How can local authorities identify significant sources of air pollution, using freely available data?

This post is written for local authorities in the UK who are interested in identifying the principal source of air pollution in their local area, to support Air Quality Action Plans (AQAP) and Air Quality Strategies.

Local authorities are required to manage air quality in their administrative boundaries as part of their responsibilities under Part IV of the Environment Act 1995. Each year, every council should produce an Air Quality Annual Status report, summarising all air quality monitoring undertaken in the local area in that year. These reports are descriptive in nature and are focused on assessing compliance with the national air quality standards (AQS) .

Where exceedances of the national AQSs are found, local authorities are required to form an Air Quality Action Plan to bring pollutant concentrations within legal limits, in the shortest possible time. However, as there is a growing recognition that there are no safe levels for air pollution and that the measures to improve air quality can also minimise greenhouse gas emissions, there is a trend for councils to produce Air Quality Strategies that go beyond compliance and seek to bring concentrations in line with the WHO’s more stringent air quality guidelines.

Air Quality Annual Status Reports do not generally include a detailed analysis of the major sources of pollution, at any given location (i.e., detailed source apportionment work) and when required, councils will often commission specialist consultancies to undertake detailed air quality modelling, or additional monitoring. Given the economic climate, I wanted to share some examples of ways, local authorities can use freely available data to help identify major sources of pollution, which can be used to determine low emission policy objectives.

UK-AIR monitoring data

The UK-AIR information resource is an excellent website that includes an array of tools for the management of air quality, including the Met Office’s air pollution forecasts (AQI) for the UK; a detailed summary of all of the UK’s air quality management areas (AQMAs); access to real-time air quality monitoring; and modelled predictions of background air quality across the UK.

UK-AIR predicted background concentrations of NOX, PM2.5, PM10 and NO2 are the outputs of the national PCM model, which was designed to assess the UK’s compliance with the European ambient air quality directive (2008), at a 1km by 1km resolution. These high resolution predictions are broken down by source (e.g. road, industry, shipping), and also include an estimate of the contribution from adjacent grid squares. The dataset can therefore be used to determine the principal source of air pollution at any location in the UK, importantly, also identifying where closer cooperation with regional, or national bodies is required.

The datasets can be downloaded from the UK-AIR in the form of cumbersome spreadsheets (CSV files) and therefore, some form of visualisation is recommended to best utilise the dataset. The interactive figure below is an example of a way in which the data can be visualised in Tableau.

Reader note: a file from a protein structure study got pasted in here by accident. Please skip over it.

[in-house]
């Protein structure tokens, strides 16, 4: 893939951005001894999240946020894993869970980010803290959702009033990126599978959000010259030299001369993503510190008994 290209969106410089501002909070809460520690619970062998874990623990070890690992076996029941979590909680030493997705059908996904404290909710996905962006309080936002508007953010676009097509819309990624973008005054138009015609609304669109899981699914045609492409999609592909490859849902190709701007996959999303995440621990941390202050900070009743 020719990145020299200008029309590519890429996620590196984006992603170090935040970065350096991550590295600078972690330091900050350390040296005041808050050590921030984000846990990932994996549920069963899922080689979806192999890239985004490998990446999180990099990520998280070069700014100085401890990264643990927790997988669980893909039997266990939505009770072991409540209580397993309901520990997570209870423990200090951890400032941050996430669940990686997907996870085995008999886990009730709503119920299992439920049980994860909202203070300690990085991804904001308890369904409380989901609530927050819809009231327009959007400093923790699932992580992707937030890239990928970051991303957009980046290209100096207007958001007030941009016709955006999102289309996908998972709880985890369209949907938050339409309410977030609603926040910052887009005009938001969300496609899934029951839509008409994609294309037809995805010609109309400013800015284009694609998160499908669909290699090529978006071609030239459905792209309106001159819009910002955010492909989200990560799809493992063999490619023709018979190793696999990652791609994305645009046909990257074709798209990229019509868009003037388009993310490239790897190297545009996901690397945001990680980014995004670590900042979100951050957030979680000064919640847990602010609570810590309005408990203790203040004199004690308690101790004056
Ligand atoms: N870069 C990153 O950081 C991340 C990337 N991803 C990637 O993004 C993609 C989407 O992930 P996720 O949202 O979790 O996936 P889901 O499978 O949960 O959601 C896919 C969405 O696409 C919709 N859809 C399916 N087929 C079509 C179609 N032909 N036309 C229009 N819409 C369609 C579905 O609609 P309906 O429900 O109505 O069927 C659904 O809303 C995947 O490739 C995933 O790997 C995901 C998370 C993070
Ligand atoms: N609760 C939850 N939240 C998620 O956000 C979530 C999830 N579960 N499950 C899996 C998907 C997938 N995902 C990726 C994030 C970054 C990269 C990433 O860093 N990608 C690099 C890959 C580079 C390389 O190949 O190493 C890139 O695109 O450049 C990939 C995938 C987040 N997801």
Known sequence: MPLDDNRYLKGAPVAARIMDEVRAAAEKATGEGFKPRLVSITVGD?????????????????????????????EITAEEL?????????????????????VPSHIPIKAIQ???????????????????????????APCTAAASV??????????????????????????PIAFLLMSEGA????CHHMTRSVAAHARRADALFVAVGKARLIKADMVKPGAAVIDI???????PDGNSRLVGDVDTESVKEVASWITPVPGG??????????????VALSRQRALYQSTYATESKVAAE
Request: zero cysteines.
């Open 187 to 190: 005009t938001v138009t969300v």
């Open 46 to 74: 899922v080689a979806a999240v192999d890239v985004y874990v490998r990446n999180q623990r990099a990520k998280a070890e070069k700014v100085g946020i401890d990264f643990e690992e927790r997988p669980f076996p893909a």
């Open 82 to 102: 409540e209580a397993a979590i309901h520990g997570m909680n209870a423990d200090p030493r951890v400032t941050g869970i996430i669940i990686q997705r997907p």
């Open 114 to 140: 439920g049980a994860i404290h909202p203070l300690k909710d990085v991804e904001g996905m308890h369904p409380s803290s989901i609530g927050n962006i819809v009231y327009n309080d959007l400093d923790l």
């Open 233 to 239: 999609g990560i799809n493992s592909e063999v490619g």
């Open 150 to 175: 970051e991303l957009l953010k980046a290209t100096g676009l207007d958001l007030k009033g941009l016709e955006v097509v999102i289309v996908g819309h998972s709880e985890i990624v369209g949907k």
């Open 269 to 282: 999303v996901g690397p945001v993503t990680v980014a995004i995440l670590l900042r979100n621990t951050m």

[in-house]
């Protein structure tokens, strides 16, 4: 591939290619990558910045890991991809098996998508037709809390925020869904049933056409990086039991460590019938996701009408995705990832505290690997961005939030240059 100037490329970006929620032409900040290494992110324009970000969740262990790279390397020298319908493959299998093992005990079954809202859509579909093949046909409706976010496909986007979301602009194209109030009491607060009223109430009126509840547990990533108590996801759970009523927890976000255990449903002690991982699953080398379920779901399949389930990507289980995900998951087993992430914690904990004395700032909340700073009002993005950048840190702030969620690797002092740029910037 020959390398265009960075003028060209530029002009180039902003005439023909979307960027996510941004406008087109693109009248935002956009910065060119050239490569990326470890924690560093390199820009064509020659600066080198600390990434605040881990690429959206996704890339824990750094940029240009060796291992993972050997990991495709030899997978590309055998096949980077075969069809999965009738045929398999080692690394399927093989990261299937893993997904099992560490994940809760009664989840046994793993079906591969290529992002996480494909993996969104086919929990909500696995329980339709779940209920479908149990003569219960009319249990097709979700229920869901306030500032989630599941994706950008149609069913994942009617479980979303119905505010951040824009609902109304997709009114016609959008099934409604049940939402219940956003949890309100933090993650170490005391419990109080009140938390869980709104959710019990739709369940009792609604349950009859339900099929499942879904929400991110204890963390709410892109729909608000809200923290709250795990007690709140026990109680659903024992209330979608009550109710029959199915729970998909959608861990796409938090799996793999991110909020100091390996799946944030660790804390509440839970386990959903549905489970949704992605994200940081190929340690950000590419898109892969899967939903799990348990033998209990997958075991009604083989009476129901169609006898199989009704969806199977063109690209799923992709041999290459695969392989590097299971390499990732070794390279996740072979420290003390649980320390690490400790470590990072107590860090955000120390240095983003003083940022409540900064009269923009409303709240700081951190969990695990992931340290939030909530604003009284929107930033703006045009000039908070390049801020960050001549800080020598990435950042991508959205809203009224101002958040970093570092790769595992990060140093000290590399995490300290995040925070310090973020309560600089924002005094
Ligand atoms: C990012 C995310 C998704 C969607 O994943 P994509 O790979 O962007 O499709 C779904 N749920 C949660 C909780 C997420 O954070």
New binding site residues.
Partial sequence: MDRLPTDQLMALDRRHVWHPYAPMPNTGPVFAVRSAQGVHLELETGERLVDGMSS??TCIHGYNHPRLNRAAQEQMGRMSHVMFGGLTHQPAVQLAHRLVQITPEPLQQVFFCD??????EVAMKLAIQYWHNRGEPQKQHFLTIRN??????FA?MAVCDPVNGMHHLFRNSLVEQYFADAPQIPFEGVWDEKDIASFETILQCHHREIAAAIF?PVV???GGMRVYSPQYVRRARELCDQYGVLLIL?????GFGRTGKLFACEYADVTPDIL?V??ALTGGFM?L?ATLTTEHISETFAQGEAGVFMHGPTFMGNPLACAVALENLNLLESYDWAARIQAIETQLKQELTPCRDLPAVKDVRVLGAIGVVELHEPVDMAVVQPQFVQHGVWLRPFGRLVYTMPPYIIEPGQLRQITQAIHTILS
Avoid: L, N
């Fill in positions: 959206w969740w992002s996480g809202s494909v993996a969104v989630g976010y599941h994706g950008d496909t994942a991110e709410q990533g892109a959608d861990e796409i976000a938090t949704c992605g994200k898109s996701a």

Background NOx Concentrations in Canterbury
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The graphic shows that in Canterbury district, road emissions dominate the background levels of NOX in the area. However, it also shows that domestic heating also plays a significant role, meaning that the Canterbury District Council might want to identify ways in which the domestic contribution can be minimised.

Traffic Counts and the Emissions Factor Toolkit

The Department for Transport has undertaken traffic counts of 45,576 roads in the UK. This data can be fed directly into Defra’s Emission Factor Toolkit, a resource which estimates vehicle emissions of NOX, PM10, PM2.5, or even CO2, broken down by vehicle type. As such, this tool is not only important for identifying the main contributors to roadside air pollution, but also for helping Councils identify major sources of CO2 and CO2 equivalent. The outputs of the Emission Factor Toolkit can either then be represented in traditional pie charts, or geo-referenced and overlain as a layer on a map to identify the major sources of pollution, per road link.

These tools, in combination with existing monitoring networks, can be used to identify without detailed modelling (e.g. ADMS-Roads) what type of vehicle contributes most to air pollution at any location with appropriate data, helping to formulate policy to accelerate air quality improvements.

Brighton Road Traffic Source Apportionment for NOx
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This blog has identified two major sources of information on air pollution that can be used by local authorities, or those with an interest in air pollution, to identify the main contributors to local air pollution. If you are a local authority who would like support with their Local Air Quality Management responsibilities or would like help in making the most of existing sources of data, please do not hesitate to get in contact.

Otherwise, if you have found this post interesting, please share it with your network and comment below.

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